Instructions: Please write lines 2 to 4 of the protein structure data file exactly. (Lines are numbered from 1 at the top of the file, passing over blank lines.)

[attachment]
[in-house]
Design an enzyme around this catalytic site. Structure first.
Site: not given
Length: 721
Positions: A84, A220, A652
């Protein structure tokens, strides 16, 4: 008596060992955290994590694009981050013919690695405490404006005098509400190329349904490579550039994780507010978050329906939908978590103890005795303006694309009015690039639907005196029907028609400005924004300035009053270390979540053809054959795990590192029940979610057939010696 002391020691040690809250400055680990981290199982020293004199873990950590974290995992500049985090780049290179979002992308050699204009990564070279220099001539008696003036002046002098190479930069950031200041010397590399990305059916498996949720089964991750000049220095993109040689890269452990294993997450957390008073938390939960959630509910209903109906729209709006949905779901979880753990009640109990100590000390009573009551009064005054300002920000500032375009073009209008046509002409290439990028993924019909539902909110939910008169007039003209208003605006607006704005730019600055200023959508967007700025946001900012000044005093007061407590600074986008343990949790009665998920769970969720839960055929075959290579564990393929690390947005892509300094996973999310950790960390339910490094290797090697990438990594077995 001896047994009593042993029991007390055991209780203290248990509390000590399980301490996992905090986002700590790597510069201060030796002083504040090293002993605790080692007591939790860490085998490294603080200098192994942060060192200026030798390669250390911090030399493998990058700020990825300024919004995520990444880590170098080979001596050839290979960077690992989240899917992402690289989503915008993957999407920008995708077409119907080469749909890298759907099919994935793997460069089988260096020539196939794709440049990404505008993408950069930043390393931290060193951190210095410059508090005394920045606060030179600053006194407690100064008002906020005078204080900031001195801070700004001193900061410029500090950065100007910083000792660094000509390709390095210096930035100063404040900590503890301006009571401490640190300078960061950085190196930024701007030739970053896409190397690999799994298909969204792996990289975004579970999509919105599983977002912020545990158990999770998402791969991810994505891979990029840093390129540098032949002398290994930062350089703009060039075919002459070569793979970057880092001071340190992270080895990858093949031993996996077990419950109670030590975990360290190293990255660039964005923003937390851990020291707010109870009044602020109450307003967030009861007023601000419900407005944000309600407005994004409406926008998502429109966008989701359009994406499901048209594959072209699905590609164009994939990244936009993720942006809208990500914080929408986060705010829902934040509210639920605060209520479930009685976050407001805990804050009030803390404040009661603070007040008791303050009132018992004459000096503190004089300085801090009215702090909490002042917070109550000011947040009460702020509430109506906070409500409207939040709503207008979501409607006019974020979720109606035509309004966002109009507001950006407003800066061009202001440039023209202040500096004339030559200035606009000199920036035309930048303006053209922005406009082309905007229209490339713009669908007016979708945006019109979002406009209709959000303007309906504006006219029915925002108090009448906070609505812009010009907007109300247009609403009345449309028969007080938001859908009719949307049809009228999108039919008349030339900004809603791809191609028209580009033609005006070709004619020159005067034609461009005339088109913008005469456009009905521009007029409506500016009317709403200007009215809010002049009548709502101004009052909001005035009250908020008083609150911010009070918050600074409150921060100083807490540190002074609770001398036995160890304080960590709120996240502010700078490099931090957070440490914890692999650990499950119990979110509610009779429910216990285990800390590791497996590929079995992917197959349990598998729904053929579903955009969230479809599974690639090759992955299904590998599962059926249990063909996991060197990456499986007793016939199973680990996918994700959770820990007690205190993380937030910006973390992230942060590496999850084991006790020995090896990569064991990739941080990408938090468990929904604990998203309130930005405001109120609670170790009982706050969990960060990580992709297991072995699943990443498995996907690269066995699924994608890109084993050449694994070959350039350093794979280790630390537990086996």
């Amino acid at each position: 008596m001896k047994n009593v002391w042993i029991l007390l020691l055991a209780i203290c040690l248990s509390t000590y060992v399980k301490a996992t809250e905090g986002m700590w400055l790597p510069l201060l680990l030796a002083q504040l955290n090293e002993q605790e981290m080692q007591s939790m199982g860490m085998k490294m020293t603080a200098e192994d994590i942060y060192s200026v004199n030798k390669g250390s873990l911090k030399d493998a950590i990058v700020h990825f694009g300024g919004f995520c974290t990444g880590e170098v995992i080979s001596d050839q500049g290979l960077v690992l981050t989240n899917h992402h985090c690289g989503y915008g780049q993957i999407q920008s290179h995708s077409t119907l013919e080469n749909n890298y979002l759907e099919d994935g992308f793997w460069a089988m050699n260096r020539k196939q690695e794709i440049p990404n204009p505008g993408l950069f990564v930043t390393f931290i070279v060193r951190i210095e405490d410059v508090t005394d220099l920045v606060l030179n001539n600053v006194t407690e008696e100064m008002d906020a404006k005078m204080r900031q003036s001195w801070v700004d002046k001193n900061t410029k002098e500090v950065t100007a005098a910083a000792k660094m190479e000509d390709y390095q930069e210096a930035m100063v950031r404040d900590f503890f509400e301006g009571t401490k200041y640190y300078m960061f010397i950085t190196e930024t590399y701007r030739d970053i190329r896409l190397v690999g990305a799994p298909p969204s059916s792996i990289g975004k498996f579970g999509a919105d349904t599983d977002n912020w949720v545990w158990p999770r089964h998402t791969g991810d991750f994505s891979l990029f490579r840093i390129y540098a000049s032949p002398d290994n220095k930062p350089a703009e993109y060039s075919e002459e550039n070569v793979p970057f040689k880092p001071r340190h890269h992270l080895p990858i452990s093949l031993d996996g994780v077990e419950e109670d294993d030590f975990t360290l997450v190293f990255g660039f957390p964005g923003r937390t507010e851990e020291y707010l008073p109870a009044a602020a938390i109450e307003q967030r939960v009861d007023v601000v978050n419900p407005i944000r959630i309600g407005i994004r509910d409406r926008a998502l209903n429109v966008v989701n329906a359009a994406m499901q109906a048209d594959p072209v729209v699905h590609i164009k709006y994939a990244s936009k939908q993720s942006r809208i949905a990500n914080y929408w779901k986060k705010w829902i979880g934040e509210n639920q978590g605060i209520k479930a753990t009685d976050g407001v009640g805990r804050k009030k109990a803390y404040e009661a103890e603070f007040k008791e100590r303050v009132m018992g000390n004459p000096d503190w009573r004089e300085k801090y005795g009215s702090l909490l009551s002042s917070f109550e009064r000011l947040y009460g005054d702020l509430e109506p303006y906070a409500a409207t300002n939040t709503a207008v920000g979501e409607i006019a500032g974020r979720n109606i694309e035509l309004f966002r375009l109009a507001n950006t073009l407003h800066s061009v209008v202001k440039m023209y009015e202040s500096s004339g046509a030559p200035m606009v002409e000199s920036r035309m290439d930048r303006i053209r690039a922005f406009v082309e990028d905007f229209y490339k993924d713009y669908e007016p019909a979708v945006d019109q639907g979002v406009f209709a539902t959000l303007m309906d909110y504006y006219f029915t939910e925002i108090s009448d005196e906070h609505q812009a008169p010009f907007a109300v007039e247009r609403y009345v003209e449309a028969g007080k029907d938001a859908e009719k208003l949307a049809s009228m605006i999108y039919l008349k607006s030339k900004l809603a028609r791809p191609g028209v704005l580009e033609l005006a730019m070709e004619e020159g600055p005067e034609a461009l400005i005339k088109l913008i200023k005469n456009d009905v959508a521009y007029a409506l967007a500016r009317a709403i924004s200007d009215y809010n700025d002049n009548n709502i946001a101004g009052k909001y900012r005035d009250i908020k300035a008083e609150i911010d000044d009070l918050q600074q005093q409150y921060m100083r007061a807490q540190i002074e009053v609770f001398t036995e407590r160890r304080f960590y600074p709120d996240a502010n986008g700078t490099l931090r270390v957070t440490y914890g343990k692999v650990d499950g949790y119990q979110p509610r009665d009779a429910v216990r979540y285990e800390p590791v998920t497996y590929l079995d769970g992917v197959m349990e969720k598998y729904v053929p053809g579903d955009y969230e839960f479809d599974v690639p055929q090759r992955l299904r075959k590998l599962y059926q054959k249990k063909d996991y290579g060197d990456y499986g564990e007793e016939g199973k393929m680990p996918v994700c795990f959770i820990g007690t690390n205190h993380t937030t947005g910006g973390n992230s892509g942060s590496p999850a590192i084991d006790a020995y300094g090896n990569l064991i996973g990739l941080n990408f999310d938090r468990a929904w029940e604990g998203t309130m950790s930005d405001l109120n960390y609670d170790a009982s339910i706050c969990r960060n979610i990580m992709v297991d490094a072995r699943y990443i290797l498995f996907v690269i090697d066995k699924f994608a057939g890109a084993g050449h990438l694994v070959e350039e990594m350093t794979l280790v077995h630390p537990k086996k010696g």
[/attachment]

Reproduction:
Design an enzyme around this catalytic site. Structure first.
Site: not given
Length: 721